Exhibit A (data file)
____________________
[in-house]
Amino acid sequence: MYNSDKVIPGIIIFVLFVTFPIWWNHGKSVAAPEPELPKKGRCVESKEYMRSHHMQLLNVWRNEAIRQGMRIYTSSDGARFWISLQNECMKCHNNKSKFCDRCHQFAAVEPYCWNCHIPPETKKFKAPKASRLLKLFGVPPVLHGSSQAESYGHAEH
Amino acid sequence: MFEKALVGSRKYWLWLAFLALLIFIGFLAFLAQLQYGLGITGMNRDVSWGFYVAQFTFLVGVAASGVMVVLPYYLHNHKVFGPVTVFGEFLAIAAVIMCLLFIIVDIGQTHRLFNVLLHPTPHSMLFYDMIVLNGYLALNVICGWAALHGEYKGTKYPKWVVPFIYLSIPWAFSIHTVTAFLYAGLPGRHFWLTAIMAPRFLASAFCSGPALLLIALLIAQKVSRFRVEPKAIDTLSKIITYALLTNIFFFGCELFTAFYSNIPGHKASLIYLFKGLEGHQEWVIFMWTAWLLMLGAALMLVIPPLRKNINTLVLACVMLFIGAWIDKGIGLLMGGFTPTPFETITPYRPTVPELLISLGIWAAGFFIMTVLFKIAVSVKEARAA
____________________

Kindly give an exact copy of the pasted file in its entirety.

[in-house]
Amino acid sequence: MYNSDKVIPGIIIFVLFVTFPIWWNHGKSVAAPEPELPKKGRCVESKEYMRSHHMQLLNVWRNEAIRQGMRIYTSSDGARFWISLQNECMKCHNNKSKFCDRCHQFAAVEPYCWNCHIPPETKKFKAPKASRLLKLFGVPPVLHGSSQAESYGHAEH
Amino acid sequence: MFEKALVGSRKYWLWLAFLALLIFIGFLAFLAQLQYGLGITGMNRDVSWGFYVAQFTFLVGVAASGVMVVLPYYLHNHKVFGPVTVFGEFLAIAAVIMCLLFIIVDIGQTHRLFNVLLHPTPHSMLFYDMIVLNGYLALNVICGWAALHGEYKGTKYPKWVVPFIYLSIPWAFSIHTVTAFLYAGLPGRHFWLTAIMAPRFLASAFCSGPALLLIALLIAQKVSRFRVEPKAIDTLSKIITYALLTNIFFFGCELFTAFYSNIPGHKASLIYLFKGLEGHQEWVIFMWTAWLLMLGAALMLVIPPLRKNINTLVLACVMLFIGAWIDKGIGLLMGGFTPTPFETITPYRPTVPELLISLGIWAAGFFIMTVLFKIAVSVKEARAA